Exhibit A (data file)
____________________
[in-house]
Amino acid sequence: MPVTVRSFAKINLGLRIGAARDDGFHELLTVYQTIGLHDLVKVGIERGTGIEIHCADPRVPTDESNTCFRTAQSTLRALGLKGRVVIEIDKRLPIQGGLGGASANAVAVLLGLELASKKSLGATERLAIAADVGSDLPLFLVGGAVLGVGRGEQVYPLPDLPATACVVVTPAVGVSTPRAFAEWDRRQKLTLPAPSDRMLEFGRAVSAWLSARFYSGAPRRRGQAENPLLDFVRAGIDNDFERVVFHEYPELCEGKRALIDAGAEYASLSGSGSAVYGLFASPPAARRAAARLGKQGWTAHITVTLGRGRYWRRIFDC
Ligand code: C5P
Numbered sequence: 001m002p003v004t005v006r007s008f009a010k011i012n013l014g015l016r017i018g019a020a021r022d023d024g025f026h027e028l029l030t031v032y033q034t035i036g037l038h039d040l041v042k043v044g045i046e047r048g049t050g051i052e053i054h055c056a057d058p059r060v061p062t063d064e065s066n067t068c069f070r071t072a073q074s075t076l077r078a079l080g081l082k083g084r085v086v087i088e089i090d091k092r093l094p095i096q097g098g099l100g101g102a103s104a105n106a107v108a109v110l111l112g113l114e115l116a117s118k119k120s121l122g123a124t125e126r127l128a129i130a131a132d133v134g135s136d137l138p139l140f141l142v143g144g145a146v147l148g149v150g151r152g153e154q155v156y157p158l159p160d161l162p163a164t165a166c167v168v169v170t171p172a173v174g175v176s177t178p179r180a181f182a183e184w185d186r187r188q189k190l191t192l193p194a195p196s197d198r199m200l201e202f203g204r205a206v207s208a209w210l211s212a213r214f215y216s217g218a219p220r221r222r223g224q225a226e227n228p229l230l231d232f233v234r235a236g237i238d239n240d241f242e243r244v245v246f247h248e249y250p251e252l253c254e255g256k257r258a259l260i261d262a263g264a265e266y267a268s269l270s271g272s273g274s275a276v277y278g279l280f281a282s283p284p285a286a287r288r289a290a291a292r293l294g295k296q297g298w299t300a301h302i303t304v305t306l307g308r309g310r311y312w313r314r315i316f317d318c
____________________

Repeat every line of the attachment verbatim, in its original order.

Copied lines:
[in-house]
Amino acid sequence: MPVTVRSFAKINLGLRIGAARDDGFHELLTVYQTIGLHDLVKVGIERGTGIEIHCADPRVPTDESNTCFRTAQSTLRALGLKGRVVIEIDKRLPIQGGLGGASANAVAVLLGLELASKKSLGATERLAIAADVGSDLPLFLVGGAVLGVGRGEQVYPLPDLPATACVVVTPAVGVSTPRAFAEWDRRQKLTLPAPSDRMLEFGRAVSAWLSARFYSGAPRRRGQAENPLLDFVRAGIDNDFERVVFHEYPELCEGKRALIDAGAEYASLSGSGSAVYGLFASPPAARRAAARLGKQGWTAHITVTLGRGRYWRRIFDC
Ligand code: C5P
Numbered sequence: 001m002p003v004t005v006r007s008f009a010k011i012n013l014g015l016r017i018g019a020a021r022d023d024g025f026h027e028l029l030t031v032y033q034t035i036g037l038h039d040l041v042k043v044g045i046e047r048g049t050g051i052e053i054h055c056a057d058p059r060v061p062t063d064e065s066n067t068c069f070r071t072a073q074s075t076l077r078a079l080g081l082k083g084r085v086v087i088e089i090d091k092r093l094p095i096q097g098g099l100g101g102a103s104a105n106a107v108a109v110l111l112g113l114e115l116a117s118k119k120s121l122g123a124t125e126r127l128a129i130a131a132d133v134g135s136d137l138p139l140f141l142v143g144g145a146v147l148g149v150g151r152g153e154q155v156y157p158l159p160d161l162p163a164t165a166c167v168v169v170t171p172a173v174g175v176s177t178p179r180a181f182a183e184w185d186r187r188q189k190l191t192l193p194a195p196s197d198r199m200l201e202f203g204r205a206v207s208a209w210l211s212a213r214f215y216s217g218a219p220r221r222r223g224q225a226e227n228p229l230l231d232f233v234r235a236g237i238d239n240d241f242e243r244v245v246f247h248e249y250p251e252l253c254e255g256k257r258a259l260i261d262a263g264a265e266y267a268s269l270s271g272s273g274s275a276v277y278g279l280f281a282s283p284p285a286a287r288r289a290a291a292r293l294g295k296q297g298w299t300a301h302i303t304v305t306l307g308r309g310r311y312w313r314r315i316f317d318c